The city of Colorado Springs is seeking local opinions about a plan to “right size” Research Parkway to make it safer for pedestrians, motorists and cyclists, according to a press release from the city.
The open house is planned for Thursday, May 18 from 6-8 p.m. at Academy International Elementary School, 8550 Charity Drive.
The city proposes repurposing the outside travel lane for buffered bike lanes between Voyager and Austin Bluffs parkways, the release said. While the average traffic volume on Research is much lower than the road’s design, installing a buffered bike lane aligns the road to match traffic volume and creates an east-west corridor in northern Colorado Springs that would connect to six other bike lanes in the Briargate neighborhood.
The city is considering right sizing the streets in several areas, after nationally recognized city planner and author Jeff Speck visited Colorado Springs and discussed ways to create a walkable city.
Speck, a city planner and urban designer from Brookline, Mass., has advocated internationally for cities to embrace smart growth and sustainable design. Since 2007, he’s led his own planning firm, Speck & Associates. His latest book, “Walkable City: How Downtown Can Save America One Step at a Time,” has been one of the top city-planning books since 2013.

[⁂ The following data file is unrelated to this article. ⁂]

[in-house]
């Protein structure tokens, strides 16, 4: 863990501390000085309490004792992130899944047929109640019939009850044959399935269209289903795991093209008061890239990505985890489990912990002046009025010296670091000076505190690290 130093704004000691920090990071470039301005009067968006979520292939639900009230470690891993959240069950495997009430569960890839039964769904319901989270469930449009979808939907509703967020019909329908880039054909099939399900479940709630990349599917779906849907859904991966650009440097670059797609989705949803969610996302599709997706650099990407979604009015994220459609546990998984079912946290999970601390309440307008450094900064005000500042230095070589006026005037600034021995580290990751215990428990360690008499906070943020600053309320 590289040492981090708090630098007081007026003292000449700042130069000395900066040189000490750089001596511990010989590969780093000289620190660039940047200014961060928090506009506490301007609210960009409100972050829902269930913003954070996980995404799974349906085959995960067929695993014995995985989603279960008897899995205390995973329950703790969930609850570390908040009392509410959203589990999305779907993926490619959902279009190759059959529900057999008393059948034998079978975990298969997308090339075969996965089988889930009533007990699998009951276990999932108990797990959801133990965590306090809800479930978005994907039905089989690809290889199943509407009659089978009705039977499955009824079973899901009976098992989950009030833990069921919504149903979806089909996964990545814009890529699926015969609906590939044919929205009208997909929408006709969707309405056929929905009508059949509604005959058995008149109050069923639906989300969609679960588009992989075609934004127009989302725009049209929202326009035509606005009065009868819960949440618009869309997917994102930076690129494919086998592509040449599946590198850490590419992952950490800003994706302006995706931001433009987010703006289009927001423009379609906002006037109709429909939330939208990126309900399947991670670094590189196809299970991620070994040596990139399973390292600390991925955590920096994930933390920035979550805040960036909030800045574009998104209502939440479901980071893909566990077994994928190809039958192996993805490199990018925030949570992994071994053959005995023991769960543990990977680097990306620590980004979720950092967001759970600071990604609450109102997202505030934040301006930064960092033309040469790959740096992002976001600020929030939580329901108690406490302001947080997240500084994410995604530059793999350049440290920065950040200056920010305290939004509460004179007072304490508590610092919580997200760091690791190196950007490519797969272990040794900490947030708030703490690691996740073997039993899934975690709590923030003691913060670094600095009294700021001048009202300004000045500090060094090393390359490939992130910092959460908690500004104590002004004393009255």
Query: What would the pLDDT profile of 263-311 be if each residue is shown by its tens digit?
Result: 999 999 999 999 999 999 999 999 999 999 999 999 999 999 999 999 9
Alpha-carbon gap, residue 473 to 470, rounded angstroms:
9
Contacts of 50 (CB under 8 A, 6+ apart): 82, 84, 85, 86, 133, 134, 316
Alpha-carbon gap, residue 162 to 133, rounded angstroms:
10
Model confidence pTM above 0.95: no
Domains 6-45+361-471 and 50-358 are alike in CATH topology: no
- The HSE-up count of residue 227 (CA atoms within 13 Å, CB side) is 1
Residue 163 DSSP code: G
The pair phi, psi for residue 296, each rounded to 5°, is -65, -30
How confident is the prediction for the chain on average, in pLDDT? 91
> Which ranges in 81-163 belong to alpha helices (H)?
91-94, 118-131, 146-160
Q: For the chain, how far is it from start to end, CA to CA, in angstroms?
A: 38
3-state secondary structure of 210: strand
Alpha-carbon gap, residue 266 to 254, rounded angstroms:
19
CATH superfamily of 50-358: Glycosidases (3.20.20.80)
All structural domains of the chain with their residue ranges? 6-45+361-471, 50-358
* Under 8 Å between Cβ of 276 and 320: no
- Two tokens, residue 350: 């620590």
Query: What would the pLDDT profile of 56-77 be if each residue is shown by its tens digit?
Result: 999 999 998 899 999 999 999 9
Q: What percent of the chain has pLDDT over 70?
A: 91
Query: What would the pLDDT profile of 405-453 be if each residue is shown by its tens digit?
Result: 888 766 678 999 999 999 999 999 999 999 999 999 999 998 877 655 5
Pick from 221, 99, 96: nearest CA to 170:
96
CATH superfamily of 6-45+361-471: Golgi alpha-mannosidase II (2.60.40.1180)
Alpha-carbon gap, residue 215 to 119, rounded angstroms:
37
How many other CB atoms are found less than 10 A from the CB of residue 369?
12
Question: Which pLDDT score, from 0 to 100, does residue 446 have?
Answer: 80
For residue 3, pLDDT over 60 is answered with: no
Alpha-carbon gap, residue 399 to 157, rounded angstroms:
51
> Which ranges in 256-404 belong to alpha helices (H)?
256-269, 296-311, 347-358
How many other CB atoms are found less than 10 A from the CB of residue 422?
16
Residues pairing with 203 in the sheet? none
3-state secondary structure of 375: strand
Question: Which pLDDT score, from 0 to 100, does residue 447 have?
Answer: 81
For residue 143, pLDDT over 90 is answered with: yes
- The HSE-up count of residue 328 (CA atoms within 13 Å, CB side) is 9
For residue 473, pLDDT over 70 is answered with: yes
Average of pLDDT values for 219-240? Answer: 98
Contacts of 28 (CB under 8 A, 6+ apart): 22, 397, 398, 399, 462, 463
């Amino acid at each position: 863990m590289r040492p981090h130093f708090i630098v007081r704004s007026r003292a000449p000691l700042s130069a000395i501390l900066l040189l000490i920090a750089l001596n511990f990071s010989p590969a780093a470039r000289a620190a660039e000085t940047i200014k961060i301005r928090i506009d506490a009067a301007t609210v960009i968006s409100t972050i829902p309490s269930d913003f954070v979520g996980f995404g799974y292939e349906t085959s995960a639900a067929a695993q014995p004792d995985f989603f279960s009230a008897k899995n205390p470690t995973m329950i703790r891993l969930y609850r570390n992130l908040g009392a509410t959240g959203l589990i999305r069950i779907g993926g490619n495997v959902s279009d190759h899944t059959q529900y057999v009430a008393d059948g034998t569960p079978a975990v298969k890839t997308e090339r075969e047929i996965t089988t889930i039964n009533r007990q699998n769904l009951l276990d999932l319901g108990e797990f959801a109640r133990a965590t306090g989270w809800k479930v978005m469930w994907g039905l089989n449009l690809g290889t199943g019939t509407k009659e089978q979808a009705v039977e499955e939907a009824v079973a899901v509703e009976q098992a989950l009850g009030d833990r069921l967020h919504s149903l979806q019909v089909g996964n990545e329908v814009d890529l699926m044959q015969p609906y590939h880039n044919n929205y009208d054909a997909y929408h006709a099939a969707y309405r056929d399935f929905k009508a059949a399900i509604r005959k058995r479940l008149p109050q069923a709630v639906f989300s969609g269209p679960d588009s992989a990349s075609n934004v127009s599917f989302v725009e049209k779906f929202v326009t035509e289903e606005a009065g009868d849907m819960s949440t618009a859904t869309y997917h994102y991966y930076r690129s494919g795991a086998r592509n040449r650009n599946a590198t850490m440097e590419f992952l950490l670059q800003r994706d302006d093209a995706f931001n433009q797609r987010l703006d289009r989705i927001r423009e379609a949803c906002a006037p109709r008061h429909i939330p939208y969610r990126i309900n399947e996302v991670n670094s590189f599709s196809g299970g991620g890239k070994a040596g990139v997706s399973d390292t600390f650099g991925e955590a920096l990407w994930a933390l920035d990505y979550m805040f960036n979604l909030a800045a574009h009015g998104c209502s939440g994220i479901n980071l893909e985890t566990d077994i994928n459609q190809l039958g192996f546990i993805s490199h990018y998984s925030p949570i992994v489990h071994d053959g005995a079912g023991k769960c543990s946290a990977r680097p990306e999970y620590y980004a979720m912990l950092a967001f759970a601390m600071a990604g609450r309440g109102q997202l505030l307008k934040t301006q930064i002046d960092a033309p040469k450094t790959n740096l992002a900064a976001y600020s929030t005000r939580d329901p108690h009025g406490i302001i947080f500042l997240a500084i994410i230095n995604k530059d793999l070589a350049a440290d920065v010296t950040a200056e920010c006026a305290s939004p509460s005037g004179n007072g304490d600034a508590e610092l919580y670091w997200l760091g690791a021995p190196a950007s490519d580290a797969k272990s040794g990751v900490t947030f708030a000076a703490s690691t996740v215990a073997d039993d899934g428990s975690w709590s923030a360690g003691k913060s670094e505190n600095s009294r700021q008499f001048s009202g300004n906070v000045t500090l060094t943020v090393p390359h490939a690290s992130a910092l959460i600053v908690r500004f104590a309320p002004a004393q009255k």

When he visited the Springs in March, he told the downtown crowd that safety is the easiest component to fix.
Speck said restriping — making lanes smaller and creating bike lanes — encourages increased bike usage and slower drivers.
“Streets are engineered to be forgiving if you speed, but that usually just encourages people to speed,” he said.
Typical streets have several components that determine comfort and provide “a fighting chance against the automobile,” he said.
Items like smaller blocks, more stop signs and fewer traffic signals at intersections, as well as more bikes, additional bike-share facilities and wide sidewalks all increase the comfort level of a walkable city. Speck said uncomfortable design includes parking lots that offset businesses from sidewalks.
Click here for more about Speck’s talk.